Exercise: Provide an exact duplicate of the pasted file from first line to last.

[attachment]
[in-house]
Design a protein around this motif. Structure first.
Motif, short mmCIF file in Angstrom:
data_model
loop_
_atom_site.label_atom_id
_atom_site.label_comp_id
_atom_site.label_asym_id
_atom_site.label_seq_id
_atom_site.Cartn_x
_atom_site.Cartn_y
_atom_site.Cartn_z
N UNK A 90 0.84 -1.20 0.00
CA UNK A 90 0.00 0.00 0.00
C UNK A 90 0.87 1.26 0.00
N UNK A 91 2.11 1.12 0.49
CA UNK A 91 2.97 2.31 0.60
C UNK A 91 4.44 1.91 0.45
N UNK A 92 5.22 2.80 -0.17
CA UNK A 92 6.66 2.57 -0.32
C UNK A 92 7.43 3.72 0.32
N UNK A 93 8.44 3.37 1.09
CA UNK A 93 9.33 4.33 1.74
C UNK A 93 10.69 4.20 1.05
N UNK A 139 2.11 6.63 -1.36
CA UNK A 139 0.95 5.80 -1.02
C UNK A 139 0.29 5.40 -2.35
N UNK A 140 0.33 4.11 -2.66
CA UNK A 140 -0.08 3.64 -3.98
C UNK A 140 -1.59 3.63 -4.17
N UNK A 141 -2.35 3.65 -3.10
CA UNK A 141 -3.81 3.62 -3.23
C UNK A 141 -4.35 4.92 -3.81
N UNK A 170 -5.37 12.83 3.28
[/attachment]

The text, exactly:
[in-house]
Design a protein around this motif. Structure first.
Motif, short mmCIF file in Angstrom:
data_model
loop_
_atom_site.label_atom_id
_atom_site.label_comp_id
_atom_site.label_asym_id
_atom_site.label_seq_id
_atom_site.Cartn_x
_atom_site.Cartn_y
_atom_site.Cartn_z
N UNK A 90 0.84 -1.20 0.00
CA UNK A 90 0.00 0.00 0.00
C UNK A 90 0.87 1.26 0.00
N UNK A 91 2.11 1.12 0.49
CA UNK A 91 2.97 2.31 0.60
C UNK A 91 4.44 1.91 0.45
N UNK A 92 5.22 2.80 -0.17
CA UNK A 92 6.66 2.57 -0.32
C UNK A 92 7.43 3.72 0.32
N UNK A 93 8.44 3.37 1.09
CA UNK A 93 9.33 4.33 1.74
C UNK A 93 10.69 4.20 1.05
N UNK A 139 2.11 6.63 -1.36
CA UNK A 139 0.95 5.80 -1.02
C UNK A 139 0.29 5.40 -2.35
N UNK A 140 0.33 4.11 -2.66
CA UNK A 140 -0.08 3.64 -3.98
C UNK A 140 -1.59 3.63 -4.17
N UNK A 141 -2.35 3.65 -3.10
CA UNK A 141 -3.81 3.62 -3.23
C UNK A 141 -4.35 4.92 -3.81
N UNK A 170 -5.37 12.83 3.28